Biography

Seth Lloyd is a professor of mechanical engineering at the Massachusetts Institute of Technology. He refers to himself as a "quantum mechanic".

Lloyd received a BA from Harvard College. He earned a certificate of advanced study in mathematics and a master of philosophy degree from Cambridge University, while on a Marshall Scholarship. Lloyd was awarded a doctorate by Rockefeller University after submitting a thesis on "Black Holes, Demons, and the Loss of Coherence: How Complex Systems Get Information, and What They Do With It". Lloyd was a Postdoctoral Fellow in the High Energy Physics Department at the California Institute of Technology, where he worked with Murray Gell-Mann on applications of information to quantum-mechanical systems. He was a Postdoctoral Fellow at Los Alamos National Laboratory, where he worked at the Center for Nonlinear Systems on quantum computation. Lloyd eventually joined the faculty of the Department of Mechanical Engineering at MIT, and has been an adjunct faculty member at the Santa Fe Institute for over 20 years.

Lloyd’s research area is the interplay of information with complex systems, especially quantum systems. He has performed seminal work in the fields of quantum computation and quantum communication, including proposing the first technologically feasible design for a quantum computer, demonstrating the viability of quantum analog computation, proving quantum analogs of Shannon's noisy channel theorem, and designing novel methods for quantum error correction and noise reduction. In his book, Programming the Universe, Lloyd contends that the universe itself is one big quantum computer producing what we see around us, and ourselves, as it runs a cosmic program. According to Lloyd, once we understand the laws of physics completely, we will be able to use small-scale quantum computing to understand the universe completely as well.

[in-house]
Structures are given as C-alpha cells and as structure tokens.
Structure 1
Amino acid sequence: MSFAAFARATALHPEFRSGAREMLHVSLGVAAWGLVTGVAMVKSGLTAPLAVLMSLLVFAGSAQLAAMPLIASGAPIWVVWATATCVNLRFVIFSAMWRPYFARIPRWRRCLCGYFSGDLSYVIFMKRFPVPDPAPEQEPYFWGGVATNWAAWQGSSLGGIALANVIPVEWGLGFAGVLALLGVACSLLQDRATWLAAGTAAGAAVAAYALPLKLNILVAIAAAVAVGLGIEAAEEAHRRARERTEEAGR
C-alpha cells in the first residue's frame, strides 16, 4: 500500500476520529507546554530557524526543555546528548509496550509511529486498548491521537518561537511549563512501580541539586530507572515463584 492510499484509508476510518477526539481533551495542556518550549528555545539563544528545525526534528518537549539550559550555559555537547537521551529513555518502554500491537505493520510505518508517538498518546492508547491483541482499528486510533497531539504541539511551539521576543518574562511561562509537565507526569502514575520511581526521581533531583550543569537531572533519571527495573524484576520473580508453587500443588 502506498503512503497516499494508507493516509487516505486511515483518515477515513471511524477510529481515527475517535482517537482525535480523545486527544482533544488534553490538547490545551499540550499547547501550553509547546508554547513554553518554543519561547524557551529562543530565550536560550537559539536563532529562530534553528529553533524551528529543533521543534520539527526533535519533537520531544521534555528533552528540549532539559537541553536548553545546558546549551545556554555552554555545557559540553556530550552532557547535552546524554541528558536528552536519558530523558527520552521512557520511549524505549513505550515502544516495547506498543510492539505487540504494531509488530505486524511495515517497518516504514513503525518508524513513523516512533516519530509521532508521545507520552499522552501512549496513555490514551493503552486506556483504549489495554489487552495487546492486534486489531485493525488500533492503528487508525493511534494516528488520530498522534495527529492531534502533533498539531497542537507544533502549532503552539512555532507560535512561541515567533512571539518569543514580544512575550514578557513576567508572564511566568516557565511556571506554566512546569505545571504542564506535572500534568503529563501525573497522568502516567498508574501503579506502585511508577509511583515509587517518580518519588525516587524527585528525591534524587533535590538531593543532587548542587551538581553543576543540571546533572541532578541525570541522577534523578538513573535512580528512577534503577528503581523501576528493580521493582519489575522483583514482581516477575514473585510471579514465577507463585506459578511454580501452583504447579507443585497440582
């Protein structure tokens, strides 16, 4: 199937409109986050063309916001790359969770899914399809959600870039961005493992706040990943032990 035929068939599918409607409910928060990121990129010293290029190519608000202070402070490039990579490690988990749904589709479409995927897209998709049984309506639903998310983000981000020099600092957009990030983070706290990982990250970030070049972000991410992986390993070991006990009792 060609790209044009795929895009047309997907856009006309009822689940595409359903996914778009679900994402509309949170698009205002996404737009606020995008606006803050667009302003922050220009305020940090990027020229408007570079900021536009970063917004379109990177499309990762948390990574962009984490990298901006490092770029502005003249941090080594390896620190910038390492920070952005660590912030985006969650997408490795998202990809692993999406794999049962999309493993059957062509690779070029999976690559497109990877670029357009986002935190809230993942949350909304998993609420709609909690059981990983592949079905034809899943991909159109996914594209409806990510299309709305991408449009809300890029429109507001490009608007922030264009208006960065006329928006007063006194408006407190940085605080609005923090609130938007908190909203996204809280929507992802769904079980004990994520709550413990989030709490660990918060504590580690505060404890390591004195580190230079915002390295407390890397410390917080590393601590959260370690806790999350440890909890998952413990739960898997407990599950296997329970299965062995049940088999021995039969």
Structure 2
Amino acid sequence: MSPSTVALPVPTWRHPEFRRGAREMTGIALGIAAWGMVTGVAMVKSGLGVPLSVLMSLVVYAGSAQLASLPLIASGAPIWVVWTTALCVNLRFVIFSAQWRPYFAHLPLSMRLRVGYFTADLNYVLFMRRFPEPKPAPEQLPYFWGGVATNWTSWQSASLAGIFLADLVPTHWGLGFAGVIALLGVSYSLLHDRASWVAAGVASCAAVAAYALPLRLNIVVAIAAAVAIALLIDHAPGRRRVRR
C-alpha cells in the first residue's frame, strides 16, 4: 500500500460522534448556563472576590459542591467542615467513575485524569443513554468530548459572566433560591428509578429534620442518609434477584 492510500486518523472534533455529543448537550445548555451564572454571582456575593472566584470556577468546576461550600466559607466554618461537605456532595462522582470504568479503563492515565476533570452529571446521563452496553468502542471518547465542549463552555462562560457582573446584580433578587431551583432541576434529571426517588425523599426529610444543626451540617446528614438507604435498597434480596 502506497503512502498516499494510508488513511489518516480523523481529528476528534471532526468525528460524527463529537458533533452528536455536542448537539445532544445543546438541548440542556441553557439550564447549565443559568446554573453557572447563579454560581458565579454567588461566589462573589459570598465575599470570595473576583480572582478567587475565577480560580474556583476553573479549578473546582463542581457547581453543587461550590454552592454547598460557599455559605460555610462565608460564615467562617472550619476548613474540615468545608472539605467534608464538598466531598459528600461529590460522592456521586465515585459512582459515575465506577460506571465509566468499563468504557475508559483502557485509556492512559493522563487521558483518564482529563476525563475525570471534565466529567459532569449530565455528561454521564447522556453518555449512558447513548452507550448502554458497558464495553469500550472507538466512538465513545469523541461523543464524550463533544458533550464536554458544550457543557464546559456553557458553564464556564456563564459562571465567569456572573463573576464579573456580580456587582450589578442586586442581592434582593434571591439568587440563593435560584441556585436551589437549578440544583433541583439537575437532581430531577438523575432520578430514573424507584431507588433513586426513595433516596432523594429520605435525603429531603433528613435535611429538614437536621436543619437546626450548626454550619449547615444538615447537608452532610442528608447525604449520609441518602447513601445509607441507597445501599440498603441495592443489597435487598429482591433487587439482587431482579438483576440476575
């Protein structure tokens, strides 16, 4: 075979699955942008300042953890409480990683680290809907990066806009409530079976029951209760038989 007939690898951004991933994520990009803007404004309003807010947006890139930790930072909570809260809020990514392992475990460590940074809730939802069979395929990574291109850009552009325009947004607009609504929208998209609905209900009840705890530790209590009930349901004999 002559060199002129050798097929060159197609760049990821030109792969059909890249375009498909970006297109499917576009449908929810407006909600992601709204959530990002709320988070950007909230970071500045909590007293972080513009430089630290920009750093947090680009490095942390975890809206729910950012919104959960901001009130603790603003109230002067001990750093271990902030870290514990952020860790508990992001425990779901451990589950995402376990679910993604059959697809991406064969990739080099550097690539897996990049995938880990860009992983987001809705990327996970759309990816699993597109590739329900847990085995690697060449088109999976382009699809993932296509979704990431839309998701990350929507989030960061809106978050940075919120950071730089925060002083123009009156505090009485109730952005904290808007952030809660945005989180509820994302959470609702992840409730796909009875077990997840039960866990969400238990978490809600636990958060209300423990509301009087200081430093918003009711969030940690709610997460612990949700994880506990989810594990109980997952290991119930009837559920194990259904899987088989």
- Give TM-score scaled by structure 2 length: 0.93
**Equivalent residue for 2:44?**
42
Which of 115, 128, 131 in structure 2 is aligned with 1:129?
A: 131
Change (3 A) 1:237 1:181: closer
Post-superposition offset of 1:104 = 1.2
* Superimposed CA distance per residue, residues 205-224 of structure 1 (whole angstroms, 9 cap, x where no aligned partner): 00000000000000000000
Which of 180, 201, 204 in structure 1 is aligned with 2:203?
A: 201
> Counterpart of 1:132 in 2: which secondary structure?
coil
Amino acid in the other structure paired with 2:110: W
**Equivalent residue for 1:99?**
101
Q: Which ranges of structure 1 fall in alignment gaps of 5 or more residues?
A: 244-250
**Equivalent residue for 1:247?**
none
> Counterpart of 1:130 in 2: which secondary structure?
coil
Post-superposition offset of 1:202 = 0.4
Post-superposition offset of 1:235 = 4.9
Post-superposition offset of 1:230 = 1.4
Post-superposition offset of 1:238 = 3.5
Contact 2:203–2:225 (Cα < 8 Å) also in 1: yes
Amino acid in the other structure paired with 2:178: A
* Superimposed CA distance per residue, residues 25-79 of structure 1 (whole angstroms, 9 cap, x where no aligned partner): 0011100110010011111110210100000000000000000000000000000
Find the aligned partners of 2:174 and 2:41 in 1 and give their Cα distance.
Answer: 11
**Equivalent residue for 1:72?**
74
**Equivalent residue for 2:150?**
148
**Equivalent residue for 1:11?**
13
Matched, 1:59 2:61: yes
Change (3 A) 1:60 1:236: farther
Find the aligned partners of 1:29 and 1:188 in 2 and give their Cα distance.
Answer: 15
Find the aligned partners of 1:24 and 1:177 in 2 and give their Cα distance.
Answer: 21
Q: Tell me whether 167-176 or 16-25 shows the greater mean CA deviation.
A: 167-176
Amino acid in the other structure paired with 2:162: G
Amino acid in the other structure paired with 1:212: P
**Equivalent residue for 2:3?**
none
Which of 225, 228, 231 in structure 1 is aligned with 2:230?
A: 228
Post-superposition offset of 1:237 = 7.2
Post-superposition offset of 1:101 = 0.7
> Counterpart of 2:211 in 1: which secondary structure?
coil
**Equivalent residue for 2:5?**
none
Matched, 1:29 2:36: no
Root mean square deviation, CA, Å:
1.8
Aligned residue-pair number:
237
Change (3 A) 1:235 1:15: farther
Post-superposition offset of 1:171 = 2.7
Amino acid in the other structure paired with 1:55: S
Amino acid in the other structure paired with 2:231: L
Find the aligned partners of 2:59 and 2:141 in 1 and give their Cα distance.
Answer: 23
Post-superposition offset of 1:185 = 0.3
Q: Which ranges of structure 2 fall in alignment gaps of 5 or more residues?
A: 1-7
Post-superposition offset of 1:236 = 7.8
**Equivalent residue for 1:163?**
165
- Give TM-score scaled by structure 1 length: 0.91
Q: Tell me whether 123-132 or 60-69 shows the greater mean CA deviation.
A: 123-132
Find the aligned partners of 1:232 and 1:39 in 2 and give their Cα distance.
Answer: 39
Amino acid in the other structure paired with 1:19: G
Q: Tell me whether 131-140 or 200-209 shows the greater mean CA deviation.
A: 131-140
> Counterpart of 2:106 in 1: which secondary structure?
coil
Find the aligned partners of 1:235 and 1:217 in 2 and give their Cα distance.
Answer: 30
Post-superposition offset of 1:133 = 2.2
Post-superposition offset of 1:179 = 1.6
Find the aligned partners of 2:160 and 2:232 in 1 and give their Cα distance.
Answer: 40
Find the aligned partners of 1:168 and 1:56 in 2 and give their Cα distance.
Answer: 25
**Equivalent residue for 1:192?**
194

Lloyd states that we could have the whole universe simulated in a computer in 600 years provided that computational power increases according to Moore's Law. However, Lloyd shows that there are limits to rapid exponential growth in a finite universe, and that it is very unlikely that Moore's Law will be maintained indefinitely.

Lloyd is principal investigator at the MIT Research Laboratory of Electronics, and directs the Center for Extreme Quantum Information Theory (xQIT) at MIT. He has won the International Quantum Communication Award and been elected a Fellow of the American Physical Society.